One of the main functions of SFRPs is to negatively regulate Wnt signaling (Kawano and Kypta, 2003). There are, however, also examples of SFRPs functioning as facilitators or direct mediators of Wnt signaling; for example, by assisting the spreading of Wnt in the tissue or by directly interacting with the Wnt receptor Frizzled (Rodriguez et al., 2005; Mii and Taira, 2009). To investigate potential Wnt inhibitory or stimulatory functions of sfrp-1, we overexpressed sfrp-1 using a heat-shock-inducible promoter (Fig. 3B). A short induction of sfrp-1 expression before the Wnt-dependent migration of the Q descendants resulted in an almost complete loss of the anterior migration of the QR.d, a phenotype that is also observed in double mutants of egl-20 and cwn-1, or in mutants in which all five Wnt genes have been deleted (Zinovyeva et al., 2008). Also, the effect of sfrp-1 overexpression on the QL.d was similar to egl-20; cwn-1 double mutants, with a more variable and posterior localization of the cells (Fig. 3B). Taken together, these results show that the migration phenotype induced by overexpression of sfrp-1 closely resembles that of mutants defective in multiple Wnts, consistent with a negative regulatory role for SFRP-1 in the Wnt-dependent control of Q.d migration. This conclusion is further supported by the observation that overexpression of sfrp-1 induces a similar loss of anterior QR.d and QL.d migration in a mab-5 null mutant background (Fig. 3B), demonstrating that the posterior localization of the QR.d and QL.d does not result from activation of the EGL-20 target gene mab-5. We found that sfrp-1 overexpression also inhibited the EGL-20 dependent anterior migration of the HSN neurons as well as other Wnt-dependent processes, such as the polarized division of the seam cell V5 (data not shown), indicating that SFRP-1 can inhibit the activity of most if not all of the Wnt proteins of C. elegans. Importantly, no phenotypes were observed that suggest a stimulatory function of SFRP-1 in Wnt signaling.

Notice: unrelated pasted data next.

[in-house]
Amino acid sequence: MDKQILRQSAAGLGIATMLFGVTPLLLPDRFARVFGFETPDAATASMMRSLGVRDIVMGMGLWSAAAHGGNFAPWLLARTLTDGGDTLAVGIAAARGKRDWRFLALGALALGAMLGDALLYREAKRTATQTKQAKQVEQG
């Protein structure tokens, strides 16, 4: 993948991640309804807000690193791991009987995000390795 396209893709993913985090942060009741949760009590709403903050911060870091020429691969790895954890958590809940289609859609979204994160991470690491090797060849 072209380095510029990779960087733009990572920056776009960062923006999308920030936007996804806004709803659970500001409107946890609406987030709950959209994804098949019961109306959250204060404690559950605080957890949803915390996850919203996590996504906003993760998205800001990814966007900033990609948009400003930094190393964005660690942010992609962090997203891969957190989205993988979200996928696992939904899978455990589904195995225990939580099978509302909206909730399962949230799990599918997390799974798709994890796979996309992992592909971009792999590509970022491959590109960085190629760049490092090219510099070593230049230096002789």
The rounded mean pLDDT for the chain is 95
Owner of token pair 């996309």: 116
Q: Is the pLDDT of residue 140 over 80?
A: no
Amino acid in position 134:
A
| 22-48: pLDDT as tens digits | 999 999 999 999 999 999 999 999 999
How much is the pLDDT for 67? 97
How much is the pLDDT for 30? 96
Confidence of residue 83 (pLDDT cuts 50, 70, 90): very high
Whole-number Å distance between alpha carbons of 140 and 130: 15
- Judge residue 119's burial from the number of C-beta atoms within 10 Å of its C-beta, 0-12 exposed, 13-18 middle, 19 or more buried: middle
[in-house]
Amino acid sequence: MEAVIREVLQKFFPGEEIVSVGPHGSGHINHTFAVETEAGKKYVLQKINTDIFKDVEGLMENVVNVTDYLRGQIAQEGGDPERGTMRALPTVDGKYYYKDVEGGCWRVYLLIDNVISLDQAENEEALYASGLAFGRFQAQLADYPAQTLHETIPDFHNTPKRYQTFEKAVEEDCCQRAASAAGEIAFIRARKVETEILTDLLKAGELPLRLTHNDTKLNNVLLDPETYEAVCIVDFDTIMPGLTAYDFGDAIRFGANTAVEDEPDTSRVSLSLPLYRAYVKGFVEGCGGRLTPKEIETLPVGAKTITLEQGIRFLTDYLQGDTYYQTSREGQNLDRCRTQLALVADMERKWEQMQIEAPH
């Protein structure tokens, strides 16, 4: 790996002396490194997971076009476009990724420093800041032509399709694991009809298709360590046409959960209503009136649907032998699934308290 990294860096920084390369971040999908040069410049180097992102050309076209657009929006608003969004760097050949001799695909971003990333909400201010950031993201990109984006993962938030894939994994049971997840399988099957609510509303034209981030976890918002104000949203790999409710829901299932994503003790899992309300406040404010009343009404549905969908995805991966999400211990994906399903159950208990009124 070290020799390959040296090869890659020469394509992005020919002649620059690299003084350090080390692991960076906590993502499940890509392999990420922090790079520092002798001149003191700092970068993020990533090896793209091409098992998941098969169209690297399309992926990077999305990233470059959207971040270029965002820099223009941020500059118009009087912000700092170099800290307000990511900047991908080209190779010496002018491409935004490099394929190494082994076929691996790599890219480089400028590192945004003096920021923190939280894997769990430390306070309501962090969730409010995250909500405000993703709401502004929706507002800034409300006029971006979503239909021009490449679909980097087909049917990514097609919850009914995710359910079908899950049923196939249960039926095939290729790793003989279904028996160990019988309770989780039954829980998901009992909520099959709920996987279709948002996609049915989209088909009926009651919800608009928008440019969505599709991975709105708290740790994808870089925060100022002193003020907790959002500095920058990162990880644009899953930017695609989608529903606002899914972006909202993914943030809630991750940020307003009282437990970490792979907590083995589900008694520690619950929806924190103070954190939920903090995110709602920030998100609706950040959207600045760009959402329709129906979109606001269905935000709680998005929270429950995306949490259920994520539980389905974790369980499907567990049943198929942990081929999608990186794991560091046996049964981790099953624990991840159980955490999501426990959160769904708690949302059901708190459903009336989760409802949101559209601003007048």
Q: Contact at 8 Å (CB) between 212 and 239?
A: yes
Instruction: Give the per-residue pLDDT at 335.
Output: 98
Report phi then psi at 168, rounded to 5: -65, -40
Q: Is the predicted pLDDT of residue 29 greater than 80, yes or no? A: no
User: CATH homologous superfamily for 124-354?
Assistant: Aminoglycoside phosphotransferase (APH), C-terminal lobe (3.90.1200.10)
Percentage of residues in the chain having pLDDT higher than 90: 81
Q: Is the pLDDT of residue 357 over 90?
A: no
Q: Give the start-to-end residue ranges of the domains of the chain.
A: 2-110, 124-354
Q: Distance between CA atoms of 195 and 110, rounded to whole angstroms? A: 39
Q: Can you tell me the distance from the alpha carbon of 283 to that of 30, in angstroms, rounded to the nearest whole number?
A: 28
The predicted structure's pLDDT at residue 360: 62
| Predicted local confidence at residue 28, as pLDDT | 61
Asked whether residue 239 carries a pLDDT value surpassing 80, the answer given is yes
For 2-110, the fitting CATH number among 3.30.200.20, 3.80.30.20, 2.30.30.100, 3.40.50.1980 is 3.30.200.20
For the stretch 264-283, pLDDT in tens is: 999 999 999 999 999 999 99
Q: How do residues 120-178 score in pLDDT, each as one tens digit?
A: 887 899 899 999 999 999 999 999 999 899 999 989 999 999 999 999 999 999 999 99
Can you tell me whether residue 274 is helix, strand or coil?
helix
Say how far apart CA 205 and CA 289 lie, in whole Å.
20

To further investigate the function of sfrp-1 in modulating Wnt activity, we analyzed double mutants between sfrp-1 and mutants in which Wnt secretion is reduced: a hypomorphic allele (mu71) of the Wnt sorting receptor mig-14/Wls (Bänziger et al., 2006; Yang et al., 2008) and a null allele of the retromer subunit gene vps-35 (Coudreuse et al., 2006). By assaying whether specific Wnt phenotypes are suppressed or enhanced, these mutants provide a sensitive assay to test negative or positive effects of sfrp-1 on Wnt signaling. In mig-14(mu71) and vps-35 single mutants, a reduction in EGL-20 levels leads to a loss of mab-5 expression in QL (Harris et al., 1996) and anterior migration of the QL.d (Fig. 4). We found that in double mutants with sfrp-1, posterior migration was almost fully restored in mig-14(mu71) and significantly rescued in vps-35. Importantly, the rescue of posterior migration depended on activation of mab-5 expression. Thus, mutation of sfrp-1 failed to restore posterior QL.d localization in a mig-14(mu71); mab-5 double mutant background (Fig. 4). Furthermore, mab-5 expression was markedly increased in the QL.d of mig-14(mu71); sfrp-1 double mutants [20% of mig-14(mu71) versus 75% of mig-14(mu71); sfrp-1 animals showed activation of a mab-5::lacZ reporter, whereas the reporter was expressed in 86% and 83% of wild type and sfrp-1 single mutants, respectively; in each case n>50]. These results suggest that the reduction in EGL-20 signaling can be overcome by removal of SFRP-1, consistent with a negative regulatory role of SFRP-1 in the EGL-20 dependent activation of canonical Wnt/β-catenin signaling in QL. We observed a similar inhibitory role for sfrp-1 in QR.d migration. Thus, whereas the QR.d showed reduced anterior migration in mig-14(mu71) and vps-35 mutants, the QR.d localized at their correct positions in double mutants with sfrp-1 (see Fig. S3 in the supplementary material). A comprehensive analysis of other Wnt phenotypes in mig-14(mu71) and vps-35 mutants showed that loss of sfrp-1 also suppressed defects in the migration of the ALM neurons and the polarity of the seam cells V5 and T (Fig. 6B and Table 1). Importantly, there were no instances in which the vps-35 or mig-14(mu71) phenotype was enhanced by loss of sfrp-1. Taken together with the strong Wnt inhibitory activity of sfrp-1 overexpression, these results support the conclusion that SFRP-1 functions as a global inhibitor of Wnt signaling in C. elegans.
The sfrp-1-induced overmigration of the QR descendants is suppressed by mutation of cwn-2